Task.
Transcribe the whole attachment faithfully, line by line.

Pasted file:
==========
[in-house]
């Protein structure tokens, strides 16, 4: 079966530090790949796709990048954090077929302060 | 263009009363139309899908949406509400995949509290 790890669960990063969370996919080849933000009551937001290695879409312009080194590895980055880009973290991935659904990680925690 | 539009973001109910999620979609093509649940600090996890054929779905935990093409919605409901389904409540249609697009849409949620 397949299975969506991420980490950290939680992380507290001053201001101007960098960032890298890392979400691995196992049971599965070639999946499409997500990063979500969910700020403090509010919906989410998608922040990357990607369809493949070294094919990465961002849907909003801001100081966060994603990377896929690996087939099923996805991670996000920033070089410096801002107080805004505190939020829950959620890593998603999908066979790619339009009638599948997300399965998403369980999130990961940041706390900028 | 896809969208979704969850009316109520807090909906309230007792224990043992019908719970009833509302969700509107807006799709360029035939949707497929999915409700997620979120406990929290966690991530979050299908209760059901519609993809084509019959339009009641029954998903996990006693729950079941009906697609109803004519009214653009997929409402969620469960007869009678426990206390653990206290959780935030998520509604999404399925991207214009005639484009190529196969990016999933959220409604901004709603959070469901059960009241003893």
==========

[in-house]
């Protein structure tokens, strides 16, 4: 079966530090790949796709990048954090077929302060 | 263009009363139309899908949406509400995949509290 790890669960990063969370996919080849933000009551937001290695879409312009080194590895980055880009973290991935659904990680925690 | 539009973001109910999620979609093509649940600090996890054929779905935990093409919605409901389904409540249609697009849409949620 397949299975969506991420980490950290939680992380507290001053201001101007960098960032890298890392979400691995196992049971599965070639999946499409997500990063979500969910700020403090509010919906989410998608922040990357990607369809493949070294094919990465961002849907909003801001100081966060994603990377896929690996087939099923996805991670996000920033070089410096801002107080805004505190939020829950959620890593998603999908066979790619339009009638599948997300399965998403369980999130990961940041706390900028 | 896809969208979704969850009316109520807090909906309230007792224990043992019908719970009833509302969700509107807006799709360029035939949707497929999915409700997620979120406990929290966690991530979050299908209760059901519609993809084509019959339009009641029954998903996990006693729950079941009906697609109803004519009214653009997929409402969620469960007869009678426990206390653990206290959780935030998520509604999404399925991207214009005639484009190529196969990016999933959220409604901004709603959070469901059960009241003893």